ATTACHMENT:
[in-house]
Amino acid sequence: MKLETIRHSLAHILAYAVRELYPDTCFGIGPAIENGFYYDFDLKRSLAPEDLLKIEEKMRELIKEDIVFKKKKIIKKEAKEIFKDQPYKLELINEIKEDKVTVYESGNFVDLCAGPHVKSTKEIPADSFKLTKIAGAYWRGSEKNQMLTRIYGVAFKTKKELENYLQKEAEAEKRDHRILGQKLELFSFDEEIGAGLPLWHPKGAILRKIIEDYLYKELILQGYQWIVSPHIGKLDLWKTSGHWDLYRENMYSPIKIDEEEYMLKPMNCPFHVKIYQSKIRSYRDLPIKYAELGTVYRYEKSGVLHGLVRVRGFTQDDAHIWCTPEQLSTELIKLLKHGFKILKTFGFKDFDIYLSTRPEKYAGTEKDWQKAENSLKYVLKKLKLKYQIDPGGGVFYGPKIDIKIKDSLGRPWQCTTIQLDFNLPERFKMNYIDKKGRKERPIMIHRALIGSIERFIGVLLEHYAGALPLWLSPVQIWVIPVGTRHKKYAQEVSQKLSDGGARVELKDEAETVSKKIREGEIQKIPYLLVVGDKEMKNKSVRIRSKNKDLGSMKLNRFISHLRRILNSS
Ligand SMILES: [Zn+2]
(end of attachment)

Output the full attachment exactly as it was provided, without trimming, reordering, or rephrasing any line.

[in-house]
Amino acid sequence: MKLETIRHSLAHILAYAVRELYPDTCFGIGPAIENGFYYDFDLKRSLAPEDLLKIEEKMRELIKEDIVFKKKKIIKKEAKEIFKDQPYKLELINEIKEDKVTVYESGNFVDLCAGPHVKSTKEIPADSFKLTKIAGAYWRGSEKNQMLTRIYGVAFKTKKELENYLQKEAEAEKRDHRILGQKLELFSFDEEIGAGLPLWHPKGAILRKIIEDYLYKELILQGYQWIVSPHIGKLDLWKTSGHWDLYRENMYSPIKIDEEEYMLKPMNCPFHVKIYQSKIRSYRDLPIKYAELGTVYRYEKSGVLHGLVRVRGFTQDDAHIWCTPEQLSTELIKLLKHGFKILKTFGFKDFDIYLSTRPEKYAGTEKDWQKAENSLKYVLKKLKLKYQIDPGGGVFYGPKIDIKIKDSLGRPWQCTTIQLDFNLPERFKMNYIDKKGRKERPIMIHRALIGSIERFIGVLLEHYAGALPLWLSPVQIWVIPVGTRHKKYAQEVSQKLSDGGARVELKDEAETVSKKIREGEIQKIPYLLVVGDKEMKNKSVRIRSKNKDLGSMKLNRFISHLRRILNSS
Ligand SMILES: [Zn+2]